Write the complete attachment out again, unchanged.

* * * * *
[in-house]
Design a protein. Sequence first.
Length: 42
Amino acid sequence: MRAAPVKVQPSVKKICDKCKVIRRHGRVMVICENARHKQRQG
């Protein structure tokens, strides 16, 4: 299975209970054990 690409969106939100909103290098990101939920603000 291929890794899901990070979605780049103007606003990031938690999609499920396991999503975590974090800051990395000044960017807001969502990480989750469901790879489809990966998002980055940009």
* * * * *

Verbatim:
[in-house]
Design a protein. Sequence first.
Length: 42
Amino acid sequence: MRAAPVKVQPSVKKICDKCKVIRRHGRVMVICENARHKQRQG
């Protein structure tokens, strides 16, 4: 299975209970054990 690409969106939100909103290098990101939920603000 291929890794899901990070979605780049103007606003990031938690999609499920396991999503975590974090800051990395000044960017807001969502990480989750469901790879489809990966998002980055940009």